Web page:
Why should banks and fintechs work together?
Regulation, competition and market changes: these are the three elements fundamentally influencing traditional banks’ business models.
With the Payment Services Directive (PSD2) pressing them to open up, big tech entering the financial arena, and consumer demands skyrocketing, most banks have understood that something must change. It will not be easy, but the business potential is great. All it takes is for banks and fintechs to work together.
Open banking regulation: the opportunities within
PSD2 brought seismic shifts for banks in Europe, which now have to offer payment services to third-party providers (TPPs) via an API. This is a true opportunity for banks to transform digital experiences and build meaningful customer journeys. APIs can really make a difference in the design and delivery of new digital products, as they provide a re-usable service layer that turns legacy systems into developer-friendly platforms.
Banks could offer their clients banking platforms that rely on different apps to enhance the traditional offering with partner products, services and tools. Based on API and using a micro-services architecture, these platforms could not only empower data sharing and security but would also be game-changing.
Banks would get the unique opportunity to become part of their customers’ daily digital lives, taking on the trusted advisor role. They could help them make better decisions, manage their finances more effectively or simply offer them personalised services.
Stay one step ahead of the competition
The banks are not the only ones ready to enter the door opened by PSD2 and seize opportunities.
We see non-bank digital competitors who have the funds, the technology capacity and the customer base to succeed. Banks risk being disintermediated, as payment processors can now hold the funds, handle the transactions and own the merchant relationship.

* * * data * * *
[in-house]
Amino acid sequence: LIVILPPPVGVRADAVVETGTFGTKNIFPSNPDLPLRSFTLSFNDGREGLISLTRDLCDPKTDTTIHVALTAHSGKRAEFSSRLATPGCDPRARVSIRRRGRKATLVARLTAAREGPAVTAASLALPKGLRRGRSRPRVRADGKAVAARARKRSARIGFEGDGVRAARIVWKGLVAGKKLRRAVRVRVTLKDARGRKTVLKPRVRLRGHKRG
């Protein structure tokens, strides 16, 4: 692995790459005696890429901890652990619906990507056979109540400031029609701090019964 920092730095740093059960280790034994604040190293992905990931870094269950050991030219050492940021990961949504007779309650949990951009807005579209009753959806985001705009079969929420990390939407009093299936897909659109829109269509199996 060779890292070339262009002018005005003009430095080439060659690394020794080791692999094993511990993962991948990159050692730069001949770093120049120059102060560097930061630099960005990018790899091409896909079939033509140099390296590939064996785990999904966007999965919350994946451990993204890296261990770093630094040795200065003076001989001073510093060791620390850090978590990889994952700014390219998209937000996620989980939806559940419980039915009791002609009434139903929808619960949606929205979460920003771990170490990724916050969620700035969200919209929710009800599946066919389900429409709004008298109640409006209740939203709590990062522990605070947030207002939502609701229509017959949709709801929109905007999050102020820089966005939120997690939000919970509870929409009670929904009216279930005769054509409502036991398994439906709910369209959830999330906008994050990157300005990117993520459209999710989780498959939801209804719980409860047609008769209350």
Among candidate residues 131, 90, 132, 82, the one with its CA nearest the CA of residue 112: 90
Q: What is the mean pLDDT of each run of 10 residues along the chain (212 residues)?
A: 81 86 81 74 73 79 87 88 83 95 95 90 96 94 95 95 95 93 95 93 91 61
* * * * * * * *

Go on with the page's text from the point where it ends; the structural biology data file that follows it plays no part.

All traditional payment methods have well established infrastructure and consumer habits are on their side. But alternative solutions enter the market and they are faster, more efficient, and multichannel.
The only way for banks to stay relevant in the market is by putting in place the required capabilities to engage effectively with third parties and make the most of their innovating capacities. Partnering up with fintechs and leveraging their agility and technological edge is what will keep banks relevant and competitive.
‘I want it all and I want it now’ – the consumer-first paradigm
Consumers’ expectations are changing, and they ask for digital and mobile solutions, a great user experience, more convenience, high security and data protection. When it comes to payments, invisible, frictionless payments are the Holy Grail. The consumer is interested in the product or the service he is buying, not the action of paying. How do you get that in such a fragmented market as Europe?
There’s no reason why a person owning a bank account and a smartphone wouldn’t be able to make mobile payments. Thanks to the single Euro payments area (SEPA) and its credit transfer (SCT), fintechs can use banks’ secure infrastructure to provide everyone in Europe with a simple mobile solution for payments. No need for credit cards or e-wallets with a limited budget.
How do we know the fintech-banks partnership works?
Payconiq started as a strategic initiative of ING’s incubator, in 2014. The goal was to build a pan-European, multi-channel, mobile payments solution. This got the attention of another large bank, KBC, which joined the project in 2016.
Five years later, we’re a self-standing, international fintech, headquartered in Luxembourg and active in the entire Benelux area.
We took the opportunities as they came up and we’re still working on making the most of them. When you start as a small project financed by a single bank, you get a label. If you want to go big, you must overcome it and build your own credibility. Getting several banks behind us was not easy, but it was worth the effort.
We offer them a sustainable eco-system through an open-API approach and flexible microservices, as well as the payment rails for leading apps, including bank app integration.
Today, we have the support of 12 European banks, across three countries, and aim to lead the transformation of the payment industry in Europe.
Duke Prins became CEO of Payconiq in 2016, when the company transitioned from a start-up with an MVP to an international scale-up.
With over 20 years of experience in international management, corporate finance and advisory, he was also co-founder of bunq, a European neo-bank and transaction platform.